• In the package documentation website.

All of these should be generated when releasing a new version, as discussed in the Release Process section.

In addition, the file forms the main page of the package repo. This page has a standard structure, as for example can be seen here.

extras folder

The extras folder contains all files used by the package developer. These files will not be part of the package once installed. A required file in this folder is PackageMaintenance.R, which contains the code executed when releasing a package.

Unit tests

OHDSI unit testing for R follows the standard R practice using test_that: A folder named ‘tests’ is created in the root of the package, and this folder contains

  • A sub-folder called ’testthat`
  • A file called ‘testthat.R’
  • The file ‘testthat.R’ should have the following content:
library(<package name>)
test_check("<package name>")

The sub-folder ‘testthat’ should contain one or more R scripts whose file name starts with ‘test-’ (e.g. ‘test-connection.R’. Each file should contain one or more test_that blocks, for example

test_that("Function x returns 2", {
  expect_equal(x(), 2)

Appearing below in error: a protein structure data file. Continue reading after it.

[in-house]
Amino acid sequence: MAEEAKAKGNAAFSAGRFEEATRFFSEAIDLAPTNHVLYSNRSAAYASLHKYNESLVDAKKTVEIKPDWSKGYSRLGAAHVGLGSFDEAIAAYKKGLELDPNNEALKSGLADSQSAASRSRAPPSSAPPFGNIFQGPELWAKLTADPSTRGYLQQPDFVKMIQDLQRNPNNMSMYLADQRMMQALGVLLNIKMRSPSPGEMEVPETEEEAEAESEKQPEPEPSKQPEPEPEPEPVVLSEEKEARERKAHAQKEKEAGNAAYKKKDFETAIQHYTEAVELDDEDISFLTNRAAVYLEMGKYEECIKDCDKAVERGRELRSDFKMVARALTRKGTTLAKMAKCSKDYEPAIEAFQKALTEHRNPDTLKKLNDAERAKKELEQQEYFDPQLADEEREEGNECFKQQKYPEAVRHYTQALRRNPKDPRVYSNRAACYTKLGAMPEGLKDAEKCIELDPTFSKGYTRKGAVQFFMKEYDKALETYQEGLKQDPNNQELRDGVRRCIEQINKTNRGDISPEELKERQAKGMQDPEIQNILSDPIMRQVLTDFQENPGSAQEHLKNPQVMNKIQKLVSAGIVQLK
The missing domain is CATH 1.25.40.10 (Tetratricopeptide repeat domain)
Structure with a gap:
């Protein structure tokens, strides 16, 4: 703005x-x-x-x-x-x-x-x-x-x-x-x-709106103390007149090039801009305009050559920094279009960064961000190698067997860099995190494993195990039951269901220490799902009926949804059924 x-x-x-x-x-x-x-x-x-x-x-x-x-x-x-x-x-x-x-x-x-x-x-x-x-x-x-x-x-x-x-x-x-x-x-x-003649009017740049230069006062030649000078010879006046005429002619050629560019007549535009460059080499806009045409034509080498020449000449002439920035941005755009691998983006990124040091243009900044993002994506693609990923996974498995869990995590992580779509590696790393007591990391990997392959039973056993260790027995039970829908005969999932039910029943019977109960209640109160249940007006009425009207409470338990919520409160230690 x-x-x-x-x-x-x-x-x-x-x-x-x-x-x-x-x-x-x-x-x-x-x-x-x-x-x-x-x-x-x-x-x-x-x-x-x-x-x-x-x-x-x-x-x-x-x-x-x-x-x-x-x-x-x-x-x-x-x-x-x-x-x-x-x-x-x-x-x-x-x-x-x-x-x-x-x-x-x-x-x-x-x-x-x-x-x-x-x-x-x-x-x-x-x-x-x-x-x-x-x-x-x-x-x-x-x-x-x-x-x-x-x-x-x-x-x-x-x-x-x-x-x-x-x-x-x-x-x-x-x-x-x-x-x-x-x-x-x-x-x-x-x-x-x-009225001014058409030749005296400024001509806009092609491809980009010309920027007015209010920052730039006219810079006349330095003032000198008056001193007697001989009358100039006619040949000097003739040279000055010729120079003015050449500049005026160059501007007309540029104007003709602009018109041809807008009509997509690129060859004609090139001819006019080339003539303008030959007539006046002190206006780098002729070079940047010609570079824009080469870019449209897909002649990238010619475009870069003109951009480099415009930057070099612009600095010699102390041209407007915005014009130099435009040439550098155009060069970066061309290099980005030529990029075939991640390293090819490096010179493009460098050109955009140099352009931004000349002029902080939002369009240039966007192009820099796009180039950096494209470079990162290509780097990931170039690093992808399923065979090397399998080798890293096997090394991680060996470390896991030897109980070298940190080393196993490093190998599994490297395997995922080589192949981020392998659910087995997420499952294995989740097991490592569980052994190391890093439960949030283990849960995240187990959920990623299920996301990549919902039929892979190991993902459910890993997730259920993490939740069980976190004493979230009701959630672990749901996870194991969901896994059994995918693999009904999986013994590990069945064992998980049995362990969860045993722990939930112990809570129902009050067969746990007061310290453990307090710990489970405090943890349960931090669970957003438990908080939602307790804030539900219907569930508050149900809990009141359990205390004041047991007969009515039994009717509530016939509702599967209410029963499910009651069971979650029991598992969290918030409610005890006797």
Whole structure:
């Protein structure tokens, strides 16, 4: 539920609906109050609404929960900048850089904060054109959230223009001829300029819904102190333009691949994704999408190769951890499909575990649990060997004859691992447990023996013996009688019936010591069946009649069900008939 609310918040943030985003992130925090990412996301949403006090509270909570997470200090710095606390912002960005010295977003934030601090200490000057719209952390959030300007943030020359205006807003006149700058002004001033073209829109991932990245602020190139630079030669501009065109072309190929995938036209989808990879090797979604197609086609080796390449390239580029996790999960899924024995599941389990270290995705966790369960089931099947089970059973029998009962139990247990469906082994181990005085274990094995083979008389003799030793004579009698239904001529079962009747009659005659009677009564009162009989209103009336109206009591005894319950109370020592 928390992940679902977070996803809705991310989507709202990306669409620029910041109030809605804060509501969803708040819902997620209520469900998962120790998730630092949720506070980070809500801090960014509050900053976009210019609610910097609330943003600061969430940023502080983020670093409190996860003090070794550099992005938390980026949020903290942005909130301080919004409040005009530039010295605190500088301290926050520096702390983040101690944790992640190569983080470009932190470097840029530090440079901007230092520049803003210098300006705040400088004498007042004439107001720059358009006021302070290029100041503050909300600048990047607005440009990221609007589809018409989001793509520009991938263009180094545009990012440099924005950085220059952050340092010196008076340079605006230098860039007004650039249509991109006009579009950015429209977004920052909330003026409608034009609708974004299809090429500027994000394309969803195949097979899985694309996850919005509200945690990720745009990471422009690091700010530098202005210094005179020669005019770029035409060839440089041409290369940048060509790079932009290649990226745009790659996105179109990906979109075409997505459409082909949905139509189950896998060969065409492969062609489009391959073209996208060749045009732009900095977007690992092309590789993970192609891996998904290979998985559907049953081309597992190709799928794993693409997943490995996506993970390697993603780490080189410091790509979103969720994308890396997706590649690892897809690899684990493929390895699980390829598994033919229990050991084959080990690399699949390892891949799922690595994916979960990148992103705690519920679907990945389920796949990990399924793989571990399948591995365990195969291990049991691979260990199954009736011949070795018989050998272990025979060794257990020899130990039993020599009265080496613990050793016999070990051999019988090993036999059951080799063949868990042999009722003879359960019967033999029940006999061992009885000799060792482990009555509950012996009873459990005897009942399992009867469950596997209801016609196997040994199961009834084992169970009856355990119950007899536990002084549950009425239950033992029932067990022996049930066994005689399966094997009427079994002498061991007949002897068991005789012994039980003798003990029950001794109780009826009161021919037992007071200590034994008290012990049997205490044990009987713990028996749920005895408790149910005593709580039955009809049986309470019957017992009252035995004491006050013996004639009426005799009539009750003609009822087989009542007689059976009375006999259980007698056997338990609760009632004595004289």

When unit tests are performed

Unit tests are triggered when

  • You manually perform a check of the R package (see the Build tab in R-Studio)

  • When Github Actions automatically builds the package after a push to the repository

You should only push changes to the GitHub repository if they pass R check locally.

Code coverage

We use codecov in combination with the covr package to measure which lines of codes are covered by at least one unit test.

Testing functions requiring database access

On the OHDSI Jenkins server there are 3 databases that can be accessed from within a unit test, for the 3 main platforms (SQL Server, Oracle, PostgreSQL). To access the databases locally, you’ll need to specify several environmental variables. These environmental variables should also be available when running tests using Github Actions.

Some example code in the DatabaseConnector package can be found here.

Coding guidelines

Some general coding guidelines:

Function calls must not have invisible side effects

When a user calls a function, the effect of that call should be aparent to the user. This means:

  • Do not call library or require in a function, as this changes the user’s search path.

  • Do not set options.

  • Do not write to files other than those specified by the user in the function call.

  • Do not use global variables.

Intead of using library, always explicitly reference the packge a function belongs to, for example SqlRender::translate().

Avoid unnecessary dependencies

Dependencies lead to instability. Only add dependencies to other packages if completely unavoidable.

We have more or less accepted we need to depend on the core tidyverse packages, so any of those packages are allowed.

Use named arguments

Except for very simple function calls (e.g. print(x)), use named arguments, for example:

sql <- SqlRender::translate(sql = "SELECT * FROM my_table;", targetDialect = "postgresql")

instead of

sql <- SqlRender::translate("SELECT * FROM my_table;", "postgresql")